The other day I bumped into Jane Fonda after not having seen her for many years. There she was in my Facebook feed, 70-something-years old and still looking rather good.
Jane and I are old friends though, of course, she’s not aware of this. She doesn’t know she spent many a sweaty hour with me, years ago, as I worked my leotard-clad body hard. I’d stretch and bounce and breathe fast, as I listened carefully to her aerobic instructions.
“Make it burn!” Jane would yell at me, at regular intervals. And I made sure I did. Afterwards, I’d press the ‘stop’ button on my cassette player before collapsing on the floor in an exhausted untidy burning heap.
I threw out my Jane Fonda aerobic workout cassettes a very long time ago. There seemed no point keeping them as I didn’t have anything to play them on. Technology had moved on and I’d replaced my cassette player with a CD player.
Jane Fonda also moved with the times. Her cassette workouts were replaced with video workouts. Sound and pictures! Oh my! It was no longer necessary to listen quite so carefully to her instructions. We could see what we were supposed to be doing. We could also see what we’d look like if we ‘made it burn’. At least, I assume women hoped they’d look like Jane. I never actually bought a Jane Fonda video. I’d discovered the gym by that time.
If I ever have the urge to revisit the past, I could buy a Jane Fonda workout, not on video, but on DVD because, of course, videos have gone the way of cassettes. And if I want to do a workout RIGHT NOW without buying a DVD, I could go to Youtube and follow along with a direct streaming video. (There’s loads of choice.) Yes, that’s another thing we didn’t have in the ‘old days’: the Internet.
Life has changed a lot since I was in my twenties. All this new technology. As an adult, I’ve had to learn a lot.
I’ve learnt how to use a mobile phone, a TV that has a remote control, a T-box, and DVD and CD players. I’ve learnt how to use a computer, send emails, navigate Google, sign up for accounts and make up passwords. I’ve become familiar with downloading software programs and working out how to use them: how to make and edit videos, record and edit soundtracks and make podcasts, edit photos. That reminds me: I’ve learnt to use a digital camera, even a DSLR one on manual mode. I’ve even learnt how to self-publish a book. I am sure these are only a few of the things I’ve learnt.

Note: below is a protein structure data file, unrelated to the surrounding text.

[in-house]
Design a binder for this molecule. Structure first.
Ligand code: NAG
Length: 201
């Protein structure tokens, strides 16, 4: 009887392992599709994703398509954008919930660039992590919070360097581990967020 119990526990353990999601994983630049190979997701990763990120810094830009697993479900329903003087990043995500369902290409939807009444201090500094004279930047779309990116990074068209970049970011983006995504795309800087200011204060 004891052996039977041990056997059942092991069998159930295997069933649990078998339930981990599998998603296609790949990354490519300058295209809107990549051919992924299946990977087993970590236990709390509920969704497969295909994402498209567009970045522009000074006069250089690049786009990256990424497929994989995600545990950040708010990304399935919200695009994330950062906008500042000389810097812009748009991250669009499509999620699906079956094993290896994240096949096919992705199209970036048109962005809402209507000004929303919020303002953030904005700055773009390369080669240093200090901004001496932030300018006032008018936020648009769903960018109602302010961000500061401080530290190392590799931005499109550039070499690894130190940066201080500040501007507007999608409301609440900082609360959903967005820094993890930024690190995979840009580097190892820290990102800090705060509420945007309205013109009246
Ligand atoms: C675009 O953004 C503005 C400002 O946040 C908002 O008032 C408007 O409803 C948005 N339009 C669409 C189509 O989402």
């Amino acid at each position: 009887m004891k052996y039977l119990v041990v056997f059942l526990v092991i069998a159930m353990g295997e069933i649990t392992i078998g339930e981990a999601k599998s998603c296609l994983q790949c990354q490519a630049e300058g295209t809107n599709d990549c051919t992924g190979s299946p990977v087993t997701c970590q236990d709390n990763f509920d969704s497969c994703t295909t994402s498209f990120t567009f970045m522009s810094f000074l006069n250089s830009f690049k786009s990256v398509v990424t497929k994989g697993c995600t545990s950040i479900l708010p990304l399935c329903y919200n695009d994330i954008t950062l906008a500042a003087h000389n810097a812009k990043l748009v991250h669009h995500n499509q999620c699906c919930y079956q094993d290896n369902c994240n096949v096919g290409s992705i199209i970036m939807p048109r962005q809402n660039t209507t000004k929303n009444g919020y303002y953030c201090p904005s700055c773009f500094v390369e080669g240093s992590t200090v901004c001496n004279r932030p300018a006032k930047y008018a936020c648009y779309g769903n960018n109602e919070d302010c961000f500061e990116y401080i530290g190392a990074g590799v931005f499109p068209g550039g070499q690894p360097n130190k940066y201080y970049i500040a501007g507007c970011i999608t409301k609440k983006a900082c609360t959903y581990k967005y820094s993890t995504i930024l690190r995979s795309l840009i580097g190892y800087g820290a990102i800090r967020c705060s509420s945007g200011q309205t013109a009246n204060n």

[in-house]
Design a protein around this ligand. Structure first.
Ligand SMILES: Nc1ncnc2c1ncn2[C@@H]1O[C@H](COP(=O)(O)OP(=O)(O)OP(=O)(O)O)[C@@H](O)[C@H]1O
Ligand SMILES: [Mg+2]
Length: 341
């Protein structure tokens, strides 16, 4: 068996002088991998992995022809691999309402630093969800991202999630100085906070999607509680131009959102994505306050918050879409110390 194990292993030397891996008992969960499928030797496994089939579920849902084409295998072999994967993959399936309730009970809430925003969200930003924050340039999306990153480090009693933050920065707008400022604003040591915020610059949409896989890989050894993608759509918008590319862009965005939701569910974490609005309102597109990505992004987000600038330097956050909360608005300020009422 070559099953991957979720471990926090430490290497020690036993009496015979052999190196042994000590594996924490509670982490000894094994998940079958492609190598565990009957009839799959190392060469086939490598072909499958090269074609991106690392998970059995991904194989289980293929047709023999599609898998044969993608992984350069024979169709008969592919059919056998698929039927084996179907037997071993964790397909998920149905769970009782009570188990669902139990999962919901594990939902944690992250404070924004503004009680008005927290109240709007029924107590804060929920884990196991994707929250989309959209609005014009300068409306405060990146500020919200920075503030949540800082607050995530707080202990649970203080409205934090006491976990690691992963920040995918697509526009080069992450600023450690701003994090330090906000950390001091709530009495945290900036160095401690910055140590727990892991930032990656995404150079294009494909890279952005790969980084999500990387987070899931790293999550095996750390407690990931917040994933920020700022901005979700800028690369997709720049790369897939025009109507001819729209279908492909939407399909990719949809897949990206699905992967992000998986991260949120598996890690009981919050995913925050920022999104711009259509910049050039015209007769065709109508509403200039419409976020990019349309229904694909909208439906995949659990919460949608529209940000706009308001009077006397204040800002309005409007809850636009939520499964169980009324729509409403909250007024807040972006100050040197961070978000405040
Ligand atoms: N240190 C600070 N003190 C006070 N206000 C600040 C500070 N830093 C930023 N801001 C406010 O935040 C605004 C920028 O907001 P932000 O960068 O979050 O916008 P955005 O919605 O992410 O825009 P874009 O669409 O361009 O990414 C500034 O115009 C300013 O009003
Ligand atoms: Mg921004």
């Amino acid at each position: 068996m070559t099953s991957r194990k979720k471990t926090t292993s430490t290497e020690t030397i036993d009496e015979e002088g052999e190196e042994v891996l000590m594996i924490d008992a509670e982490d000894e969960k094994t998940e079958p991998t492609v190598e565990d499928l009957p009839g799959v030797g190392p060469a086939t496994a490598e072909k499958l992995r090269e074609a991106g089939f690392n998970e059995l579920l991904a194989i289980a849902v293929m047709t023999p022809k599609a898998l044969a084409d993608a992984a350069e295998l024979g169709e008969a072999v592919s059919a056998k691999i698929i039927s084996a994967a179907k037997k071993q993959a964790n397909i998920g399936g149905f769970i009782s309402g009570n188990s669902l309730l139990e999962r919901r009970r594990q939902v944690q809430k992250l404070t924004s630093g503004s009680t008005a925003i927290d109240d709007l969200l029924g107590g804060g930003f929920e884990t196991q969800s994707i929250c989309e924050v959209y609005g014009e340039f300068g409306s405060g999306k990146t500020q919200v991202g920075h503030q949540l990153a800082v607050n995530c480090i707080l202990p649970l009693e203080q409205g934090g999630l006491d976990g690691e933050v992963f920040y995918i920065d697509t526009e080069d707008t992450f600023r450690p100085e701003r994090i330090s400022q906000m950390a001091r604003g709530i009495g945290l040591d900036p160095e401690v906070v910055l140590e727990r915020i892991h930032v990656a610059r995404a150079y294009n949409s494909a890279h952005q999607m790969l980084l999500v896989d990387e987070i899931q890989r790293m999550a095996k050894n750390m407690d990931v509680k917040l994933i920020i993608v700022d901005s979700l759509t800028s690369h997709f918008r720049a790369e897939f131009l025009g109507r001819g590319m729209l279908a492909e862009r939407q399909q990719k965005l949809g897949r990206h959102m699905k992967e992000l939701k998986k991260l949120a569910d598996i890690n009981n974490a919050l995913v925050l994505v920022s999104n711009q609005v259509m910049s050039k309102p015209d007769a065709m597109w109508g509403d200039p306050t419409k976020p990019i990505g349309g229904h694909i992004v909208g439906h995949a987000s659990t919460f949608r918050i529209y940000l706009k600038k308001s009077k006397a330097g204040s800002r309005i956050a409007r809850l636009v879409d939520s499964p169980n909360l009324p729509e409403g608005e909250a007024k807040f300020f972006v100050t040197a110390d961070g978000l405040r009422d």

|cassette-sketch-01 by Jeff Jacobson-Swartfager, (CC BY-SA 2.0)|
School didn’t prepare me at all for life as a 21st century woman. How could it have? No one knew what the future was going to be like. This makes me wonder what life will be like in another 5, 10, 20, 30 years’ time. What will it be like when Sophie and Gemma-Rose leave home? And what kind of work will they be doing? I’m sure, with the advances in technology, there will be many job opportunities we can’t, at this present time, imagine.
The big question is: How will I ensure my daughters know all they need to know for their independent adult lives? Maybe I can’t because I don’t know what their future needs will be. But that’s okay. I think sharing a love of learning with our children is far more important than making sure they know particular things.
As John Holt said:
Since we can’t know what knowledge will be most needed in the future, it is senseless to try to teach it in advance. Instead, we should try to turn out people who love learning so much and learn so well that they will be able to learn whatever needs to be learned.
I guess my girls will continue learning what they need to know when they need to know it. They’ll keep up with the changing world, I’m sure.
Has anyone else ever done a Jane Fonda workout? And do you remember cassette tapes and how frustrating they were when they got all tangled up?
|cassette-sketch by Jeff Jacobson-Swartfager
(CC BY-SA 2.0)
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Please feel welcome to stop by!